After the Center for New Words's diverse and inclusive "Women, Action and the Media" conference this past April, the blogosphere erupted with charges and countercharges. Bloggers like "Sudy," a self-described "Filipina of mesmerizing volcanic eruptions," declared some of the conference's female subjects to be synthetic: "I . . . don't believe that simply putting a womyn's face where a man's face once was is going to solve our problems . . . by Real Womyn I am talking about womyn of color, incarcerated womyn, migrant womyn, womyn at the border, womyn gripped in violence, rape, and war."

This left me with many questions including etc. etc.: Why would Sudy, who sounds formidable indeed, describe herself as a "Filipina of mesmerizing volcanic eruptions," when the description could be interpreted in such a way that Sudy may be thought to suffer from severe gastrointestinal issues? Or maybe I'm the only (ridiculous) person capable of said misinterpretation. This would not surprise me, not in the least.

Friday, June 06, 2008

"Dancing In Interesting Ways"

The girls have three days left of school, and so they are compiling a list of "Summer Fun." So far the list includes 12 line items penned by Vida. Apparently, our days will be spent "making mini cherry pies," "having a picnic," and "getting involved with the library's 'Catch the Reading Bug' program."

Vida would also like to dedicate some time to "dancing in interesting ways." At least that's what she said as she was making notes in her sketchbook. I don't know if that goal has made the official list; I hope the fact that I almost passed out laughing didn't dissuade her. Either way, I'll make sure to have the video camera primed and ready to go.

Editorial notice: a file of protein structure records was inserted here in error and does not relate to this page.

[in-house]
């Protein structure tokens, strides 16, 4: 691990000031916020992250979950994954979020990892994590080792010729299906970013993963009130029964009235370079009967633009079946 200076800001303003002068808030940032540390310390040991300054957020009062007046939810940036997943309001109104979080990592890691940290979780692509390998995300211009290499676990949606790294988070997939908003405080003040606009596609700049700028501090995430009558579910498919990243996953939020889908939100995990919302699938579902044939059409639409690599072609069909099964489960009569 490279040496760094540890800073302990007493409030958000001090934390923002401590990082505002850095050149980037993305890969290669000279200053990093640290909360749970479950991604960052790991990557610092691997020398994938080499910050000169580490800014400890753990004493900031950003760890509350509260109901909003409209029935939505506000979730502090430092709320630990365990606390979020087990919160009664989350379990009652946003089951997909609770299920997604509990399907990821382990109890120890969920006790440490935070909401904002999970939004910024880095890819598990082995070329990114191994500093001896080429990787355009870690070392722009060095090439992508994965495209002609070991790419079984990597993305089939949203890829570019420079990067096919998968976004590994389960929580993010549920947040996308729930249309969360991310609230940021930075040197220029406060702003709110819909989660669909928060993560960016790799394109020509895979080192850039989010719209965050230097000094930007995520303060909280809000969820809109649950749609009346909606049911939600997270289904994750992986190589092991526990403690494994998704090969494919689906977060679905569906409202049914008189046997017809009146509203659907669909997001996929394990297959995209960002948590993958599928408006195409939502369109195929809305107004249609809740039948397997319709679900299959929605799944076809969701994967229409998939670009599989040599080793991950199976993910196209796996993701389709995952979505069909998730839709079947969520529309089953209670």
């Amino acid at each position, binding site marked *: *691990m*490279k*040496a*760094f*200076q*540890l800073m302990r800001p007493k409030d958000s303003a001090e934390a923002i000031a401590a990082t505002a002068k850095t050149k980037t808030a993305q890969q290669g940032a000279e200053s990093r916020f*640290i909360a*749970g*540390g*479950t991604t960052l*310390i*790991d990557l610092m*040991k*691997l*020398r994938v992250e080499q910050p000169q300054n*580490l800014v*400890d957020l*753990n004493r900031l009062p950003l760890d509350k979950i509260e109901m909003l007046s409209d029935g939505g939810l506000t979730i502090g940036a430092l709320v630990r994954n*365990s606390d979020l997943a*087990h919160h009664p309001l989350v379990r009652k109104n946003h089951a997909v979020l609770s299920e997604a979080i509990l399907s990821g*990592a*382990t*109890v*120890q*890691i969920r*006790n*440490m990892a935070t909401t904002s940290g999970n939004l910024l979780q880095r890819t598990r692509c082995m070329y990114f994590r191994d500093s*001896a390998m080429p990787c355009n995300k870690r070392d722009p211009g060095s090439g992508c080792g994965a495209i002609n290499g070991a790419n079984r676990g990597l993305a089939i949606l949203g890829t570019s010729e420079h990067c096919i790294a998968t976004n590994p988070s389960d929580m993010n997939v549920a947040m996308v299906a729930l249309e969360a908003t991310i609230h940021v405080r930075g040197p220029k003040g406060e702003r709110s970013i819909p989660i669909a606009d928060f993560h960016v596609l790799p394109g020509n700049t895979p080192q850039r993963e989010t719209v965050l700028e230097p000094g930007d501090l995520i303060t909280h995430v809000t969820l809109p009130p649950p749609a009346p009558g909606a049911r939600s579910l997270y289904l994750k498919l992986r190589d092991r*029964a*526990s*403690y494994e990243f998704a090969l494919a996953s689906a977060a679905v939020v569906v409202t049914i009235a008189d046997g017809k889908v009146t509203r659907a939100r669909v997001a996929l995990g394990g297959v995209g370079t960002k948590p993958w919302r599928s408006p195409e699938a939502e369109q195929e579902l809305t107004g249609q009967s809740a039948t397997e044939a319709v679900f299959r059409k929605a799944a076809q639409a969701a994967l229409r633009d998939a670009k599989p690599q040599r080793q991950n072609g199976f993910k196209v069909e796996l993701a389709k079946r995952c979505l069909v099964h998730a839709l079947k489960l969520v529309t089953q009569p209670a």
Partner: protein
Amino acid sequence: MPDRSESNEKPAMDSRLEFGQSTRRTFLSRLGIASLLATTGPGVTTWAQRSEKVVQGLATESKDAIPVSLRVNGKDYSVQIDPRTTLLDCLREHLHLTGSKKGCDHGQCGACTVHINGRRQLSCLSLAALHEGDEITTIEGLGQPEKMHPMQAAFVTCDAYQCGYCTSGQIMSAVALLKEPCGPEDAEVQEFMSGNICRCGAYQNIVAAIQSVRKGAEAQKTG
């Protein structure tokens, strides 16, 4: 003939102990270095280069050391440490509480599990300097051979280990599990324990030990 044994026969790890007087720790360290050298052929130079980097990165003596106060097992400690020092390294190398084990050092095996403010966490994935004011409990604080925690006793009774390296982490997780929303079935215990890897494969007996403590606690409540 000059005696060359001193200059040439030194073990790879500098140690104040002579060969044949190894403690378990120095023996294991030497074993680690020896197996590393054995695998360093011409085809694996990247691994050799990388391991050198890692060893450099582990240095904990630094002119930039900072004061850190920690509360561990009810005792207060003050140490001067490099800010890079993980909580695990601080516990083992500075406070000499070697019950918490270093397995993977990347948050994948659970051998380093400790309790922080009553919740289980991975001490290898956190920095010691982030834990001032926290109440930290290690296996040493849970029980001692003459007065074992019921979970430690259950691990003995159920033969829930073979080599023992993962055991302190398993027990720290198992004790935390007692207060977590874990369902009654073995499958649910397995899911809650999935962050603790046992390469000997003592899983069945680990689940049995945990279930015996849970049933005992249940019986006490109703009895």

My personal list includes a lot of writing. I feel I've lost my way, somehow, but I've decided to be patient with my literary ineptitude (I will embrace it like a pet! I will water it like a plant! I will dance with it in interesting ways!) because, come on, sooner or later things HAVE to start making sense again. Right now I spend a lot of time at the keyboard second-guessing myself, starting and stopping, staring and frowning. Delete, delete, delete...

Tuesday, June 03, 2008

Yes They Did.

(photo: Chip Somedevilla/Getty)

My nose is running, my throat is sore, my eyes are red, and all I want to do is crawl into bed. But I am so, so happy. And it is in this state of happiness that I raise my 30 ml. dose of NyQuil. Here's to you, Barack and Michelle.

Sunday, June 01, 2008

The Post That Happens When You Forget To Pay The Bills

A few minutes ago, I was falling asleep. Then I hopped out of bed because—holy krakatoa!—it's June 1st, and I have been so swamped with this thing and that thing and all that stuff over there that I failed to pay a single bill. Not that there would be any difference at all between paying them tonight and paying them in the morning, of course. But still, here I am. And while I dutifully logged on for my little banking session, I was suddenly ravenous. In case you didn't know, the only cure for such ravenous-ity is a bowl of LIFE cereal sans milk. Which is what I had. But now I'm not sleepy at all. you watch The Tudors? I do. And the whole time I watch, I wish it were Rome. But it's not; it's The Tudors. I'm sort of in awe of the way Jonathan Rhys Meyers (as King Henry VIII) deftly walks the line between ridiculous and sublime. He's constantly screaming and making crazy eyes and generally chewing up the scenery. Anyways, for two seasons now I've been eagerly awaiting the downfall and decapitation of the smug Anne Boleyn, but tonight when it happened, I felt a twinge of regret. Maybe it's because she was such a lovely decapitate-ee, what with her pearls and scarlet cape and elegant frock and quivering lower lip.

In the final scene, something is being ceremoniously carried to Henry's table, and I thought it would be Anne's beautiful head, but instead it was a stuffed swan. He tore off a wing—here I thought "Oh! Maybe Anne's head is under there!"—and handed it to one of his 45,000 servants, but it wasn't Anne's head. It was some sort of meat pie, which he then began to shovel into his mouth with his hands while gravy ran down his chin. See? Sublime AND ridiculous.

Okay, I'm sleepy again. Thanks for staying up with me.